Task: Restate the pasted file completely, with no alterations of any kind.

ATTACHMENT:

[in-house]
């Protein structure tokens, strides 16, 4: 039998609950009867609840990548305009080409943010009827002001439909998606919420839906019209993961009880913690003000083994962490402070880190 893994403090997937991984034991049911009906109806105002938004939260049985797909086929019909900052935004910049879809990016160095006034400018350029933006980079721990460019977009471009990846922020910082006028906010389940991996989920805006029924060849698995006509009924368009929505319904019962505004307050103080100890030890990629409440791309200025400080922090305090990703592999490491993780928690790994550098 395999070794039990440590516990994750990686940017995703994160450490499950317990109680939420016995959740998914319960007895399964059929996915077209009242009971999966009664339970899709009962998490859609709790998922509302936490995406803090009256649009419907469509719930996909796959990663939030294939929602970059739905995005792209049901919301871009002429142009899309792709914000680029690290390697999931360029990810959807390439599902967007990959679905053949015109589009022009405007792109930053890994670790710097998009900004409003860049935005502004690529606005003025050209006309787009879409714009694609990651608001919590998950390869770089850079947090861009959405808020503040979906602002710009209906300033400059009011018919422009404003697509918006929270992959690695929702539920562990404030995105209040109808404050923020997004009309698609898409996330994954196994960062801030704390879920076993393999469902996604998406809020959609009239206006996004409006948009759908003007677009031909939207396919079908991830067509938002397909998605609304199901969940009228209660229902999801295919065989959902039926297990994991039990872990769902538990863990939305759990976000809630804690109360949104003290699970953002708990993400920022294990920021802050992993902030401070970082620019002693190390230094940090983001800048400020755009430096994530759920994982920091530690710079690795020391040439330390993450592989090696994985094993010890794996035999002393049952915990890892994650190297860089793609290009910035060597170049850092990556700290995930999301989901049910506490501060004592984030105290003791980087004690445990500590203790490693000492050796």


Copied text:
[in-house]
């Protein structure tokens, strides 16, 4: 039998609950009867609840990548305009080409943010009827002001439909998606919420839906019209993961009880913690003000083994962490402070880190 893994403090997937991984034991049911009906109806105002938004939260049985797909086929019909900052935004910049879809990016160095006034400018350029933006980079721990460019977009471009990846922020910082006028906010389940991996989920805006029924060849698995006509009924368009929505319904019962505004307050103080100890030890990629409440791309200025400080922090305090990703592999490491993780928690790994550098 395999070794039990440590516990994750990686940017995703994160450490499950317990109680939420016995959740998914319960007895399964059929996915077209009242009971999966009664339970899709009962998490859609709790998922509302936490995406803090009256649009419907469509719930996909796959990663939030294939929602970059739905995005792209049901919301871009002429142009899309792709914000680029690290390697999931360029990810959807390439599902967007990959679905053949015109589009022009405007792109930053890994670790710097998009900004409003860049935005502004690529606005003025050209006309787009879409714009694609990651608001919590998950390869770089850079947090861009959405808020503040979906602002710009209906300033400059009011018919422009404003697509918006929270992959690695929702539920562990404030995105209040109808404050923020997004009309698609898409996330994954196994960062801030704390879920076993393999469902996604998406809020959609009239206006996004409006948009759908003007677009031909939207396919079908991830067509938002397909998605609304199901969940009228209660229902999801295919065989959902039926297990994991039990872990769902538990863990939305759990976000809630804690109360949104003290699970953002708990993400920022294990920021802050992993902030401070970082620019002693190390230094940090983001800048400020755009430096994530759920994982920091530690710079690795020391040439330390993450592989090696994985094993010890794996035999002393049952915990890892994650190297860089793609290009910035060597170049850092990556700290995930999301989901049910506490501060004592984030105290003791980087004690445990500590203790490693000492050796």